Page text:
Texting, driving could soon be primary offense

Sending a text message while driving may cost you big money if legislation passed last week by the General Assembly gets the governor’s signature.

Both houses of the General Assembly passed measures on Feb. 5 making the use of a “handheld personal communications device” to send or view text messages and emails a primary offense, meaning police officers would no longer need another reason to pull a driver over before citing them for it.

Drivers found guilty would be fined $250 for a first offense and $500 for subsequent offenses.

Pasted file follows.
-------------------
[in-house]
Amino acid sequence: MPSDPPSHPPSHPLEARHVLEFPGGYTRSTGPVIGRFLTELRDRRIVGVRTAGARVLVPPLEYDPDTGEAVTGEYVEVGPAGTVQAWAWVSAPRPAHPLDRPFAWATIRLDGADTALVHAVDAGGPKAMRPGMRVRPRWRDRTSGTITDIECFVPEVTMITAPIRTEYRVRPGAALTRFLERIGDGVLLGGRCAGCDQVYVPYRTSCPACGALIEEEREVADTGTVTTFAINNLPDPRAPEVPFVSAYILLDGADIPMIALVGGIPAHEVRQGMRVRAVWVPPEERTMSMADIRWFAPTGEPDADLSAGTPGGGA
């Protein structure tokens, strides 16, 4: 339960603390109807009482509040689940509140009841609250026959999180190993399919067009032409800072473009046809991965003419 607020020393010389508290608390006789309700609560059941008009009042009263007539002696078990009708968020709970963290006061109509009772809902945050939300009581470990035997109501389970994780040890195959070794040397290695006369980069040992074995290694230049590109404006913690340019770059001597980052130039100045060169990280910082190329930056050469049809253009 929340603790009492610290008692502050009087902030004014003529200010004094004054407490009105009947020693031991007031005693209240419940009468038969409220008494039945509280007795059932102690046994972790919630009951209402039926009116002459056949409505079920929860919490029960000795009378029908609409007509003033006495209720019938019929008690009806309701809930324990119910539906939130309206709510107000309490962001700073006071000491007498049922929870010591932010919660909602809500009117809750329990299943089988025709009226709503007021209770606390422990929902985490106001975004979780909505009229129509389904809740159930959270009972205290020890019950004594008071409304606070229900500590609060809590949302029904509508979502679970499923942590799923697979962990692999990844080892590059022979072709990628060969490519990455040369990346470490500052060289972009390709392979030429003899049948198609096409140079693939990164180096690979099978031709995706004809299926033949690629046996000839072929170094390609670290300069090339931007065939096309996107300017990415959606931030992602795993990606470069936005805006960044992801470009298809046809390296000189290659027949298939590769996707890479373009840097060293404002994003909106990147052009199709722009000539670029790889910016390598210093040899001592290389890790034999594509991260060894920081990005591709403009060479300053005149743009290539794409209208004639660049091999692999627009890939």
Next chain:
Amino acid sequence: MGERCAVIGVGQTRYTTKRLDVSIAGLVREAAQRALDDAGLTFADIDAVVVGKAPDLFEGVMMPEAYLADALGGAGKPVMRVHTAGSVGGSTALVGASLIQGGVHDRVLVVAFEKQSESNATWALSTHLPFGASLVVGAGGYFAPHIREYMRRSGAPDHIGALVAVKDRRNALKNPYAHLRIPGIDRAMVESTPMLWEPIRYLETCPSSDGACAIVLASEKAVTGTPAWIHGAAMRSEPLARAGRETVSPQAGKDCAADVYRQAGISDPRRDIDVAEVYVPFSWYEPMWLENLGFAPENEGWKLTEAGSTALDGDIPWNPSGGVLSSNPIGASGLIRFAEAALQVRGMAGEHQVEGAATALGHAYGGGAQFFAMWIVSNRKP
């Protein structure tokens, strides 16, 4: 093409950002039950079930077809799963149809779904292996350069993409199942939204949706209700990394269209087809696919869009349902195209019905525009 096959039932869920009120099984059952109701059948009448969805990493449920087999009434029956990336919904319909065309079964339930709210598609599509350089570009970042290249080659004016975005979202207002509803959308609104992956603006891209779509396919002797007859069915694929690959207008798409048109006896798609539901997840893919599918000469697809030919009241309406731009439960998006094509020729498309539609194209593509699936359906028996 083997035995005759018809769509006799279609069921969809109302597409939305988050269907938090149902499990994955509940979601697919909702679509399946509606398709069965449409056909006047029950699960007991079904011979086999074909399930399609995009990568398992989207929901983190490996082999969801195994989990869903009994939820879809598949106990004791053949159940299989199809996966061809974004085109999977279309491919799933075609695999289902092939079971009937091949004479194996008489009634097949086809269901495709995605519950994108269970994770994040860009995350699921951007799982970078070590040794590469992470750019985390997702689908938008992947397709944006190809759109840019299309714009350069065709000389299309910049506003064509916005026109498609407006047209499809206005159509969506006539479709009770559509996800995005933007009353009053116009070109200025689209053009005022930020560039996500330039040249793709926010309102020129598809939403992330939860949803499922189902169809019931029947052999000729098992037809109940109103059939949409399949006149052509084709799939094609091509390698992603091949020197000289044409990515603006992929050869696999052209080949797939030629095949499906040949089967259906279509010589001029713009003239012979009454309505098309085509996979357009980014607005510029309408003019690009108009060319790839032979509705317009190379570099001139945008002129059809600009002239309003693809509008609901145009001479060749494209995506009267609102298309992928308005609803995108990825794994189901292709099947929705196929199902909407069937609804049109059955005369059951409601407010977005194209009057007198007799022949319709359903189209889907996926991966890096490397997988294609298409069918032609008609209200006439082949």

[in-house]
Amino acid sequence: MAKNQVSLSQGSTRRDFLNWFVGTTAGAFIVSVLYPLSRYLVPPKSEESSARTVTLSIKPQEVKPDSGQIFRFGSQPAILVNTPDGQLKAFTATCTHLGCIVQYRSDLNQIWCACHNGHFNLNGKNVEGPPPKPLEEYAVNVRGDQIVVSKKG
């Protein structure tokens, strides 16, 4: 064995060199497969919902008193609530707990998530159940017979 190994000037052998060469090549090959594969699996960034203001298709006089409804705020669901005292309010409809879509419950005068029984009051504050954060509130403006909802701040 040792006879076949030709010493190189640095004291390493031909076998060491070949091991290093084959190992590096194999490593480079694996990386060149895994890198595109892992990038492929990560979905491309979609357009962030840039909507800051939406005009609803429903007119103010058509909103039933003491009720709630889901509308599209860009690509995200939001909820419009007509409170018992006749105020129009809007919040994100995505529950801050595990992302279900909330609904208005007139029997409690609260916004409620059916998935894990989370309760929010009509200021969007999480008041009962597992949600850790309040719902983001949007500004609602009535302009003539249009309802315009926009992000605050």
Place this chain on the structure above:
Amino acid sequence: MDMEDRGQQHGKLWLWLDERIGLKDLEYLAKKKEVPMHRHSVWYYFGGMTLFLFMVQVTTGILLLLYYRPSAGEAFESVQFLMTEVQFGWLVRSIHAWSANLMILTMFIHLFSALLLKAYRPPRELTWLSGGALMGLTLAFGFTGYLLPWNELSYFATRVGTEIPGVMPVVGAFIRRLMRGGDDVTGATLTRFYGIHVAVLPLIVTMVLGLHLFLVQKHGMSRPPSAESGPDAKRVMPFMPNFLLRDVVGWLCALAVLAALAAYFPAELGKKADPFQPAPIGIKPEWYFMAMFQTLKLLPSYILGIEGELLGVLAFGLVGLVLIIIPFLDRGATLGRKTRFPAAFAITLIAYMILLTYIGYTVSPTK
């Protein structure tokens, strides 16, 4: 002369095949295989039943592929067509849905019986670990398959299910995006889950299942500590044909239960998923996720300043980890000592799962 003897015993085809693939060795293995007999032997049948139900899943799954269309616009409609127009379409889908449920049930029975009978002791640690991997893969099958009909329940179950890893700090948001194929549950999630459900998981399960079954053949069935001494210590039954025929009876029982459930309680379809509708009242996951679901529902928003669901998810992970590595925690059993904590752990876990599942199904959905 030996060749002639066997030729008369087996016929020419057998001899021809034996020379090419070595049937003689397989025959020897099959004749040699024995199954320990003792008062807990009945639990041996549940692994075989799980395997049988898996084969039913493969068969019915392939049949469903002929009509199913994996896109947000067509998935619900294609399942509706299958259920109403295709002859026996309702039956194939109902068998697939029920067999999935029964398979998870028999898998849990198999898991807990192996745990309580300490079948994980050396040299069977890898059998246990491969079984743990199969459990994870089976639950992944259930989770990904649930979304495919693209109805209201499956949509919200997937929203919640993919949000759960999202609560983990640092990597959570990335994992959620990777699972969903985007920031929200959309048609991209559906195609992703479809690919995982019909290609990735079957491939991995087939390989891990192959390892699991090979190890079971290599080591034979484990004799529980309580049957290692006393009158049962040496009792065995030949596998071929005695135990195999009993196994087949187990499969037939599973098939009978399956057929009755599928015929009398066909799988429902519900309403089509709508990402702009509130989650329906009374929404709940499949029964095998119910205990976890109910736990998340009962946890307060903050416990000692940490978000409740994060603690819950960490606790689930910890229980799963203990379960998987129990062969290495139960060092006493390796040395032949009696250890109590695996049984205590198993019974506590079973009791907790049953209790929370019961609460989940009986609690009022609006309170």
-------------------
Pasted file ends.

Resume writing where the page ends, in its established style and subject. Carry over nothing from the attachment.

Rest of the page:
The legislation would also impose a $500 mandatory minimum fine for someone convicted of a reckless driving that occurs while a driver is texting.

“Texting while driving has become a serious problem on our roads and it should be treated in Virginia as a serious traffic offense,” said Del. Ben Cline, R-Rockbridge County.

The identical bills, House Bill 1907 and Senate Bill 1222, passed the House by a vote of 92-4 and the Senate by a vote of 24-15.

Gov. Bob McDonnell has not publicly said if he will sign the legislation into law.

If he does, the new rules would take effect July 1.

Jordan Fifer

Interdisciplinary studies major Jordan Fifer served as The Highland Cavalier's editor-in-chief and online editor in the 2012-2013 academic year. He previously served as staff writer, news editor and photo editor.

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